Inventing

After Years of Struggle, Pet-Washer Inventor Celebrates Viral Video Success

Who among us hasn’t dreamed of going viral? Talk about the ultimate gratification. We work so hard and for so long without knowing whether our ideas are ever really going to take off. The wait can be taxing. Should you stick it out? Should you move on? The answer is rarely clear. 

For Ryan Diez, being patient has sure paid off. Since his marketing team uploaded a video of his new pet washing innovation to the product’s Facebook page on June 25, it’s been viewed no less than 60 million times. Holy cow. How does something like that even happen? I interviewed Ryan to get the scoop. He’s actually a student of mine, and I truly could not be more elated for him.

The truth is that Ryan has been trying to bring the Woof Washer 360 to market for a long time now. He loved his dogs growing up, he told me. Washing them frequently -- less so. In fact, he and his father came up with a rough prototype of the idea for one of his school science projects.

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Ryan licensed the idea to a company in 2009, but progress stalled, and the rights to his idea were returned to him in 2012. I met Ryan the next year, when he decided to become an inventRight student. Determined to exhaust all possibilities, he took my advice and decided to attend a trade show for pet retailers with a prototype of the Woof Washer 360 in hand.

“I knew the interest level was there,” he explains. “It was obvious. I got a lot of business cards, made a lot of calls and got pretty far with more than a few companies, but in the end, they all said no.”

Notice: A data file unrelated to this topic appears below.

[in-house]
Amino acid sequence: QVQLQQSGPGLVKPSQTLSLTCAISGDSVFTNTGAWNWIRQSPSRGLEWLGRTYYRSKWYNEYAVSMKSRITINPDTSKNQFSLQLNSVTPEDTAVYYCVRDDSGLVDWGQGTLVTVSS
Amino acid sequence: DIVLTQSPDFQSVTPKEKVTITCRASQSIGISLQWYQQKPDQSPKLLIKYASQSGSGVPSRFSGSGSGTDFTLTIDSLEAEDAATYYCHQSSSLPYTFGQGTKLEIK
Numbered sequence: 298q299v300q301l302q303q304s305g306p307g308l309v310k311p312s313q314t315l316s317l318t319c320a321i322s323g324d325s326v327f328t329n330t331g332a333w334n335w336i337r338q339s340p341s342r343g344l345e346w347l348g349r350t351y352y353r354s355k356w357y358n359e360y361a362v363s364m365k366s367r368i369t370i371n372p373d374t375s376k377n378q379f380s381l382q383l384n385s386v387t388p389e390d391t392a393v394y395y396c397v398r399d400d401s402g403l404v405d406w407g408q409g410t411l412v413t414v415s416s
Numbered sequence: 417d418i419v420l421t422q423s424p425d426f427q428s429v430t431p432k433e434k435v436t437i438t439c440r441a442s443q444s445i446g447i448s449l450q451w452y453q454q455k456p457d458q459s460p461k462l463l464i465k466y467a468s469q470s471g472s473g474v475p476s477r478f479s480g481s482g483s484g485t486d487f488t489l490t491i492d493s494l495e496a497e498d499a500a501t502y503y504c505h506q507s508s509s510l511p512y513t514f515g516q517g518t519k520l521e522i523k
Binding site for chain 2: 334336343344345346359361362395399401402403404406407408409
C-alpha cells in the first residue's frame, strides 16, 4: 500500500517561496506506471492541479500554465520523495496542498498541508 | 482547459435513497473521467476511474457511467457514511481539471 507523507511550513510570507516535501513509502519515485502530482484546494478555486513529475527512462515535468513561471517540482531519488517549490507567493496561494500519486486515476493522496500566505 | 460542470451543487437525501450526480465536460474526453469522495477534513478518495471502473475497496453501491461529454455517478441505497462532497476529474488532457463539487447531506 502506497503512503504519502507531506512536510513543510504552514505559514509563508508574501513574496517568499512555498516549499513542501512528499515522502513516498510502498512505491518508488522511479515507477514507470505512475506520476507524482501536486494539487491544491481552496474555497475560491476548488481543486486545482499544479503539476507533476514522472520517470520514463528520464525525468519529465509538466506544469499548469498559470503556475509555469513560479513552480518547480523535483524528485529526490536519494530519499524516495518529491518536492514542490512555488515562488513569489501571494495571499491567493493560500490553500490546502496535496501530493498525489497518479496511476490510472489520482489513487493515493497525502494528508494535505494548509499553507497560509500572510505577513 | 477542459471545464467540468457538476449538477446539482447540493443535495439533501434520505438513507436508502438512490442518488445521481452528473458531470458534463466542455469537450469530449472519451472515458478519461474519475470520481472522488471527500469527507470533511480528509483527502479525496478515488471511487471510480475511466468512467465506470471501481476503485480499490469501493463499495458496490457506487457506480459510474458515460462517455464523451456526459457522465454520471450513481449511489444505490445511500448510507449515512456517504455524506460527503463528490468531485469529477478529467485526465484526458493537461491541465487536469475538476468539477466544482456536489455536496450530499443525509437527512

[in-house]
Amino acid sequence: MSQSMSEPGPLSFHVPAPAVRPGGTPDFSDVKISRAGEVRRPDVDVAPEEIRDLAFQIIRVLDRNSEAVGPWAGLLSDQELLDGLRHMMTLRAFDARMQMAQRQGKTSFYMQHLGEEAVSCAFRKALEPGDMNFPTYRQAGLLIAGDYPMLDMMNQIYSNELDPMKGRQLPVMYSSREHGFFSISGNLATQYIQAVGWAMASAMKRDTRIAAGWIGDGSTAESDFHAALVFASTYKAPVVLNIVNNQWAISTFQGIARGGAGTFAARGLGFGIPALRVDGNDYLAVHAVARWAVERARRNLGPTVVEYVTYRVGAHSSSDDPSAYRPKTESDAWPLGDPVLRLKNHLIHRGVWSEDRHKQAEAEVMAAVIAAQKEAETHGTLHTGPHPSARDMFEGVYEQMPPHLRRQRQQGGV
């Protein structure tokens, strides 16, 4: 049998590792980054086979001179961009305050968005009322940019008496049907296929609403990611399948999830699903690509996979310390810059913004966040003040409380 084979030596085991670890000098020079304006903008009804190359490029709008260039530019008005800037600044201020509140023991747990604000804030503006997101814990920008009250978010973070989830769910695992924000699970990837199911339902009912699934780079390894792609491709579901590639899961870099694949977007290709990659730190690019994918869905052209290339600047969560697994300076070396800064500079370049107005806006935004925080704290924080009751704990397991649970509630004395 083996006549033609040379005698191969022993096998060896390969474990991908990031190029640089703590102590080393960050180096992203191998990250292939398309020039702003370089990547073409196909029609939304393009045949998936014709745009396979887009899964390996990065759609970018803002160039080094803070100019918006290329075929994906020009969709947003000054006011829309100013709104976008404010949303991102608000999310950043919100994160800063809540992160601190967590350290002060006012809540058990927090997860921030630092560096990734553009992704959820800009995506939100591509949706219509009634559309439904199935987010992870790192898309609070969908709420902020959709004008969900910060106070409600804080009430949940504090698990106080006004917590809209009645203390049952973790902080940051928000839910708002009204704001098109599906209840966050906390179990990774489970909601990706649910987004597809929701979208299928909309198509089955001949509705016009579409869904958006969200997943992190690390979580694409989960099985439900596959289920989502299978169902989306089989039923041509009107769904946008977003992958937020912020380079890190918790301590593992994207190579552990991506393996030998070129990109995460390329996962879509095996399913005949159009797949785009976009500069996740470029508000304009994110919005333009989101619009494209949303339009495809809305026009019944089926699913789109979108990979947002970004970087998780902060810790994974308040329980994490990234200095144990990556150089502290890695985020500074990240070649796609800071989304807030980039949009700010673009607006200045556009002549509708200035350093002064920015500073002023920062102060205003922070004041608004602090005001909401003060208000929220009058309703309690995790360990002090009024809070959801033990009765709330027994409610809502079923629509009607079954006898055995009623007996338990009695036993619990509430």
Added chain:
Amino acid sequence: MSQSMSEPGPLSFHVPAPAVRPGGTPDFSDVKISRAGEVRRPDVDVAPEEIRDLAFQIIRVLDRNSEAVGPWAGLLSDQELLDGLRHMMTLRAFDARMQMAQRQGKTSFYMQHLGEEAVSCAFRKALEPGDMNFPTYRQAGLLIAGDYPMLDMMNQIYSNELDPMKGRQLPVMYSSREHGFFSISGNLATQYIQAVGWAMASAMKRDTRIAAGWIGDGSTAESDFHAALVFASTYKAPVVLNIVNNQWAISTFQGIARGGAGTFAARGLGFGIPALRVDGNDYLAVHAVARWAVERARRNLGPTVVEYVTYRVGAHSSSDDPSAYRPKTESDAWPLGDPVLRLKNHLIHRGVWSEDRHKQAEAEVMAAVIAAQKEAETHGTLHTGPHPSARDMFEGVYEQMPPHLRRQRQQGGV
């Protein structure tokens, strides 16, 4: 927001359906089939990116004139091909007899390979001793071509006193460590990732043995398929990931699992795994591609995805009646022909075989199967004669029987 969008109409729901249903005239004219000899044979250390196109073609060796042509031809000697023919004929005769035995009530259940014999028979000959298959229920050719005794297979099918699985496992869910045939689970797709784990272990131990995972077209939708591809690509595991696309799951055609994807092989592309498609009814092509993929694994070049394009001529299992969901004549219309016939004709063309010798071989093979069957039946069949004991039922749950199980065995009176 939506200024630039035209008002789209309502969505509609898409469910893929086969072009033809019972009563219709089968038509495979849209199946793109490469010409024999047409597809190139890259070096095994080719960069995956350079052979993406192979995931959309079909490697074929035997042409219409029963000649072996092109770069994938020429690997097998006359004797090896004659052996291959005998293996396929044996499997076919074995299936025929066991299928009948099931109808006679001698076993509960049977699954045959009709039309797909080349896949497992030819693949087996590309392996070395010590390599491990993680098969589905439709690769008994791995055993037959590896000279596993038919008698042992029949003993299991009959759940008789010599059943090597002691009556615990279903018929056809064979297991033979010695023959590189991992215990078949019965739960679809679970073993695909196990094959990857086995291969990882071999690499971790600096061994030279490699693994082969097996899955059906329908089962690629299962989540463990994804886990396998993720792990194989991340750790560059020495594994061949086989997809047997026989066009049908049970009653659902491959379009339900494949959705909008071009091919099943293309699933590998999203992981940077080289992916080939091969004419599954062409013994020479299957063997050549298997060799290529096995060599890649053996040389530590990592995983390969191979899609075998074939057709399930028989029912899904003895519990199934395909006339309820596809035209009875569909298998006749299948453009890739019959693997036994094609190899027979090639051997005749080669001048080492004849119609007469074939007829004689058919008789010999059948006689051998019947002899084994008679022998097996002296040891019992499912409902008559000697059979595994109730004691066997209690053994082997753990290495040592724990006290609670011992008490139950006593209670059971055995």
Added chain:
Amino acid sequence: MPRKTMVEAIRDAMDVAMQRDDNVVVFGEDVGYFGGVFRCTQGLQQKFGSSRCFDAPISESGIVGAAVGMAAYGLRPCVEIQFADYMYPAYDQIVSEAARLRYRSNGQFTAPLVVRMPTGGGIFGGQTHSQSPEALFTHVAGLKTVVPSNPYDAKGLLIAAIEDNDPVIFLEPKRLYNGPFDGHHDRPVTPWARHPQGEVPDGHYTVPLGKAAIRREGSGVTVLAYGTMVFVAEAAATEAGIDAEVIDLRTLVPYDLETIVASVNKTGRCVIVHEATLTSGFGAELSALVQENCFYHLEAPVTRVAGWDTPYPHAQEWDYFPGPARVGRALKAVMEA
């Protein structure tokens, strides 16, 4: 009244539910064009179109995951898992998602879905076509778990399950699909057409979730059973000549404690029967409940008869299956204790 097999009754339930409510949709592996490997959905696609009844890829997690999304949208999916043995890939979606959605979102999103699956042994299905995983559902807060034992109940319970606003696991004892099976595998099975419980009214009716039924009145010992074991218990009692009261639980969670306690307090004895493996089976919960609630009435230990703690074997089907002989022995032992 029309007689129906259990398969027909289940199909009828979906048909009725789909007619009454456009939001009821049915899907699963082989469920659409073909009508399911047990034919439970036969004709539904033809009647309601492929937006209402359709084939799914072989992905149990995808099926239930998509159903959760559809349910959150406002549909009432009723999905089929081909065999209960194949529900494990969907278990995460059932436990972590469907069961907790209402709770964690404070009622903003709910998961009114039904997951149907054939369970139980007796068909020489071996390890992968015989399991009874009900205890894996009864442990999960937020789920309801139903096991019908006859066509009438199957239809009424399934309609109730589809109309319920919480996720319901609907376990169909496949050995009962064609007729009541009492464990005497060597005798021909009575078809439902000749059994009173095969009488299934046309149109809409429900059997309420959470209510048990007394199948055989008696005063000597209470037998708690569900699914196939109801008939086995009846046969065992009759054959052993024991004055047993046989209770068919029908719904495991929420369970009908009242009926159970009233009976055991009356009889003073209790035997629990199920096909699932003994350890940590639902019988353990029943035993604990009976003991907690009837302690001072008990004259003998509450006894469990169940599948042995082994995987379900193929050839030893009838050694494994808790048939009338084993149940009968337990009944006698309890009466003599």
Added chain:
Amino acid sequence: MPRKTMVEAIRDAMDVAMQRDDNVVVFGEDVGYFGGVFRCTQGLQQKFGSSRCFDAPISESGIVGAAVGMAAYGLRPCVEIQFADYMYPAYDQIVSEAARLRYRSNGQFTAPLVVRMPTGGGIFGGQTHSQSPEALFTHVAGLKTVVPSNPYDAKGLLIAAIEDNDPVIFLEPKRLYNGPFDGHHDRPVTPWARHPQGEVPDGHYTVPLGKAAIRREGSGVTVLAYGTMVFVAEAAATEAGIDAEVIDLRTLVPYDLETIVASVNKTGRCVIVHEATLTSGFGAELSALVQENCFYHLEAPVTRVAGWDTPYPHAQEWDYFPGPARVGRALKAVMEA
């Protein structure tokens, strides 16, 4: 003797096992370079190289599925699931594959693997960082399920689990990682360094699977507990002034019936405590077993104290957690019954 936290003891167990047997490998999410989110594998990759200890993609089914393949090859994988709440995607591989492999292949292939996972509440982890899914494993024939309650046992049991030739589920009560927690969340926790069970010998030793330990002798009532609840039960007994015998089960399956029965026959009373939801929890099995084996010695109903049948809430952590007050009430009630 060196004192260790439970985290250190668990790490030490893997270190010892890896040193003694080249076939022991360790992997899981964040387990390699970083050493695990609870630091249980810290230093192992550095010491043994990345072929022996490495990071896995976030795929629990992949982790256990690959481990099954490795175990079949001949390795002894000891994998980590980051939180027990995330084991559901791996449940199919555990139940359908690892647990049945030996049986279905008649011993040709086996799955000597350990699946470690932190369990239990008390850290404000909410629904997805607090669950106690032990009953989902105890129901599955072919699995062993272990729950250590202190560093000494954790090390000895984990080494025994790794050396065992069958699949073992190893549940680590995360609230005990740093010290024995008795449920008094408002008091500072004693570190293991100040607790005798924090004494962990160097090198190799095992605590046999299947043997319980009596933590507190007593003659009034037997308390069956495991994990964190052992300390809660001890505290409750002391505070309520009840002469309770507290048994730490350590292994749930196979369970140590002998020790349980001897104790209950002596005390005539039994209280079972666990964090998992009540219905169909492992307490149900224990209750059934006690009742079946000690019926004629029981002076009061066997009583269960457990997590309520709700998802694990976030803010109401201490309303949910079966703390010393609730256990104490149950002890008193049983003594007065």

One thing he kept hearing, he says, was that the product was too large for retail. Companies liked it, they told him, but didn’t think it was a good fit.

At some point, Ryan realized he’d run through the list of potential licensees he had created. He’d heard via inventRight that As Seen On TV companies are receptive to inventors, so he reached out. He got close to a deal several times, but again -- no dice.

Getting desperate, he reached out to a lead via LinkedIn. Fortunately, Matt Ackerman, president of R & H Direct, was there to answer. Matt took a chance on Ryan’s product. Had Matt brought a product to market before via DRTV? No. But his father had. And as he put it, “I liked it. I don’t have any pets, but I thought that it was a good idea.”

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Clearly, a lot of other people agree. There’s a funny twist to Ryan’s viral media hit. The video the marketing team uploaded to Facebook wasn’t the infomercial that had been airing on a few networks the week earlier -- it was shorter, composed of B-roll and soundless. The soundlessness wasn’t intentional, per se. But by the time Ryan's team realized what had happened, it was too late. When Ryan checked Facebook the morning after the video was published, it had already been viewed more than a million times.

“We thought about fixing the sound, but I think that actually worked to our advantage,” Ryan says.

He thinks people didn’t realize it was a commercial, because it didn’t read like one. The video took off rapidly from there. The Huffington Post said it was “definitely the funniest way to wash your dog.” Buzzfeed went one step further and described it as “the best thing to ever happen to dogs.” (Caption: “Can they make one for humans too?”)

For now, R & H Direct has sold out of the product. Ryan and Matt both spoke about how much they’ve enjoyed and benefitted from bringing the Woof Washer 360 to life together. I’m thrilled to see an example of a partnership that is doing open innovation right.

Sometimes it really just comes down to timing. No one has a crystal ball, clearly. The only thing you can do if you truly believe in your idea is keep pushing, like Ryan did. Don’t stop until you find your super man or woman -- that person who is going to champion you and your product across the finish line.

The reality is that many companies are so close to an industry that they can’t see anything beyond it. In this case, the industry experts were wrong. Matt saw the Woof Washer 360 and Ryan what for they really were: A potential hit worth betting on.

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